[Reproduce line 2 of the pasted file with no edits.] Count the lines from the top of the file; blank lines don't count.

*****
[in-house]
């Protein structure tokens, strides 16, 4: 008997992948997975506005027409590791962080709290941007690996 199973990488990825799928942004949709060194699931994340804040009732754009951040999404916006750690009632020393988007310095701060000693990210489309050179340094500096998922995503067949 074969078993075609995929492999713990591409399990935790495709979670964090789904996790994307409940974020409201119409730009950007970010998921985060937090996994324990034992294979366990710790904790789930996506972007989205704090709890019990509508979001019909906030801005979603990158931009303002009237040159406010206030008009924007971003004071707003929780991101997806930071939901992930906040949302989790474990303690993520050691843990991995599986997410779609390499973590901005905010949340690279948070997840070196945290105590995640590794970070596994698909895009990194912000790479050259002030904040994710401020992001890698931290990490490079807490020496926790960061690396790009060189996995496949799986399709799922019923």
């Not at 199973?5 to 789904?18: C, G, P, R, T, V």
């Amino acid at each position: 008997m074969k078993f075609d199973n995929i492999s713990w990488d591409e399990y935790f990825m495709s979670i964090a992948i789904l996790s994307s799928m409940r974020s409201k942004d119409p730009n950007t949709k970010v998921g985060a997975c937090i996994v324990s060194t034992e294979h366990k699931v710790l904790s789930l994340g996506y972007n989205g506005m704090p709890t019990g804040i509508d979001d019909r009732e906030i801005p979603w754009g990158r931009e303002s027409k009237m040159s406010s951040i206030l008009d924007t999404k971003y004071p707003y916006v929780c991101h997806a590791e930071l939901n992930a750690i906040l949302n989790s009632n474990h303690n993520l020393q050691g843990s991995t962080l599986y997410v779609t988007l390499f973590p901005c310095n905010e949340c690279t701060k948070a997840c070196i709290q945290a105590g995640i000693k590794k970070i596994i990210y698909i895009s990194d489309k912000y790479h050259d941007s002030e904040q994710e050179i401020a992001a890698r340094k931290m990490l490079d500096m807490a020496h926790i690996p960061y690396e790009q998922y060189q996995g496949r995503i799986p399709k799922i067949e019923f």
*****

């Protein structure tokens, strides 16, 4: 008997992948997975506005027409590791962080709290941007690996 199973990488990825799928942004949709060194699931994340804040009732754009951040999404916006750690009632020393988007310095701060000693990210489309050179340094500096998922995503067949 074969078993075609995929492999713990591409399990935790495709979670964090789904996790994307409940974020409201119409730009950007970010998921985060937090996994324990034992294979366990710790904790789930996506972007989205704090709890019990509508979001019909906030801005979603990158931009303002009237040159406010206030008009924007971003004071707003929780991101997806930071939901992930906040949302989790474990303690993520050691843990991995599986997410779609390499973590901005905010949340690279948070997840070196945290105590995640590794970070596994698909895009990194912000790479050259002030904040994710401020992001890698931290990490490079807490020496926790960061690396790009060189996995496949799986399709799922019923």